These  pursuits have endangered  many  species having been labeled  as  pests in their  eyes.  Some  have  been  eradicated  to the  brink of  extinction.  Others  have  required protection as  endangered.   Others still have had t heir  populations  explode for lack of  natural  predators.  Forcing culls  to  be organized to  keep  their  numbers in  check.

Mankind knew  what they  wanted  to  achieve  However, they  had  no understanding  of  what changes  and  perils  they were manifesting  on the natural balance  of  our world.  One  such  member  of  the  animal  kingdom are  wolves.  Hunted  and  repudiated  as  a dangerous  nuisance.  They  have helped  mankind understand  that they are so much  more  than  that.

                           Joel Sartore/National Geographic     A portrait of the Yellowstone gray wolf.

After  70 years  these  beautiful creatures  were re-introduced  to the  Yellowstone National Park area and the  changes  that  have  taken  place since   then  have been  amazing.  The  wolves have shown their  true  worth as  well as  the  complicated web  of  life  that we  had  not been able to  see in  our  quest to  tame a natural habitat .  They  have  taught  us  that the intricacies of the  natural web of  life  requires a  balance  that  man  should not  tamper with.  We as  human  beings consider  ourselves  superior to the  other  members  of  the  animal  kingdom.  However, we  must  understand  that  we  are  simply a  link in the  chain  of  the  intricate  web  of  life that exists on our  planet.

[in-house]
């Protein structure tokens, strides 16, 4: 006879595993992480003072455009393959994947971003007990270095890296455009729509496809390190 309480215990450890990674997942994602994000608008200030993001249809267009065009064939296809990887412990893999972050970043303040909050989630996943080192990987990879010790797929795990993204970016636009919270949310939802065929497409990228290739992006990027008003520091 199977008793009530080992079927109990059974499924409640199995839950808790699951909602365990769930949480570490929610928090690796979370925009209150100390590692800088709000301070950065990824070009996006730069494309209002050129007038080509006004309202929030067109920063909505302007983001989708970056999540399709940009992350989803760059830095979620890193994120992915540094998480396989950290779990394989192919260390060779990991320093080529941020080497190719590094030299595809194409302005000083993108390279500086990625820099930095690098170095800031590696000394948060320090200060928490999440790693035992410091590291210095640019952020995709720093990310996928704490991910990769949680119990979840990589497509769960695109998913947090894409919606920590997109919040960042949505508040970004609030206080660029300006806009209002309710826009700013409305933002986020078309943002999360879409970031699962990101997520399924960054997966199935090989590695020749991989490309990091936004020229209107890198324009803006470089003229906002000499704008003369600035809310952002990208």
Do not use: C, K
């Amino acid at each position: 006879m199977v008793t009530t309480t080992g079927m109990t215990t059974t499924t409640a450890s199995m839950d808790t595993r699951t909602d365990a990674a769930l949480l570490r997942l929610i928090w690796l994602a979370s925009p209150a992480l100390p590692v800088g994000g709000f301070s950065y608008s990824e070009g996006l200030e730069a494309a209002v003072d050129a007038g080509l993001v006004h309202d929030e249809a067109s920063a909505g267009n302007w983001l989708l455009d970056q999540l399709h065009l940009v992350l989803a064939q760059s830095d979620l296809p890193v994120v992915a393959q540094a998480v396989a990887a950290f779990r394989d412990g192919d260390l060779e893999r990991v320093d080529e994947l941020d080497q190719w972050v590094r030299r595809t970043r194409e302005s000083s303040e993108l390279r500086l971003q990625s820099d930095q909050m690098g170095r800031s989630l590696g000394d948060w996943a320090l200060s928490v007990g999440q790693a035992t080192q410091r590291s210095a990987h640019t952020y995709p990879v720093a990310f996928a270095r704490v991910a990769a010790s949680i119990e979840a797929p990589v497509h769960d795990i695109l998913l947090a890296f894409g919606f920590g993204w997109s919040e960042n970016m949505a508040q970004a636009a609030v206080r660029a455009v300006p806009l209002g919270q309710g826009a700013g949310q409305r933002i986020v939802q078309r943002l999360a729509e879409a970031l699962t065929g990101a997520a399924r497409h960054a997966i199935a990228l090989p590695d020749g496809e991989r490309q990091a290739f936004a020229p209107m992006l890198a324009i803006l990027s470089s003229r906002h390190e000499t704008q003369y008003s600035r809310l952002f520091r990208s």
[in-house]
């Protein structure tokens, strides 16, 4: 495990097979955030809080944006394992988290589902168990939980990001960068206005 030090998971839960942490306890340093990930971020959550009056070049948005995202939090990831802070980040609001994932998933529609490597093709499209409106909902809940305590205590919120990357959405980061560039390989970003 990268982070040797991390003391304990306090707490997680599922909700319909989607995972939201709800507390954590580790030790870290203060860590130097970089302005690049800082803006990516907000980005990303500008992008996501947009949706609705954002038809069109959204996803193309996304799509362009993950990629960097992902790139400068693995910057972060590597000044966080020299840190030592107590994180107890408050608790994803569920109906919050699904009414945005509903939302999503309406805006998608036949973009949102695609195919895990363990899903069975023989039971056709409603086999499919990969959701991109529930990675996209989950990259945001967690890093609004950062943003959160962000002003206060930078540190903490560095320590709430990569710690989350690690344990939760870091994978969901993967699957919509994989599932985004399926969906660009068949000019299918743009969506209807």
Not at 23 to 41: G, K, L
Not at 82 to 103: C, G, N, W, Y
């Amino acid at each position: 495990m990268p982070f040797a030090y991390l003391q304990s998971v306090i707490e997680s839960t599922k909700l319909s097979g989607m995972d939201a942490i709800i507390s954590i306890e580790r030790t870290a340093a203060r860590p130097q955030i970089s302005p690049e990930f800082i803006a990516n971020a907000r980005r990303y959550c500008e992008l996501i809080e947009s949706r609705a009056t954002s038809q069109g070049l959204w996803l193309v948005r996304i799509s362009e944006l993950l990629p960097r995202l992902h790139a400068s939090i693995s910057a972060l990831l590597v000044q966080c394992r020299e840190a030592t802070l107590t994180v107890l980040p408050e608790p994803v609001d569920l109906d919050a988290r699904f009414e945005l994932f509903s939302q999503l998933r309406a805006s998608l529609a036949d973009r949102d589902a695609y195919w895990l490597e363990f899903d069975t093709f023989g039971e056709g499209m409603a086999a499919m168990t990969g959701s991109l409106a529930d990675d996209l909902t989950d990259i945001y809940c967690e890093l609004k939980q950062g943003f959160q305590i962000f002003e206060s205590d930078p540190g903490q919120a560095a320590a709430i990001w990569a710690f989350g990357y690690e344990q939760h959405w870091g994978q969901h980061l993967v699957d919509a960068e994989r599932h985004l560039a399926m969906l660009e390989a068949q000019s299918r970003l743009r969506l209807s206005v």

Providing  balance  where  none  had  been.  Creating  diversity to provide  a balanced habitat  for all  wildlife.  The  wolves  have  proven themselves  to  be the  “Ultimate Eco-Engineers”.

(C)   ~Desert Rose~


World News How wolves can alter the course of rivers

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Published on Feb 20, 2014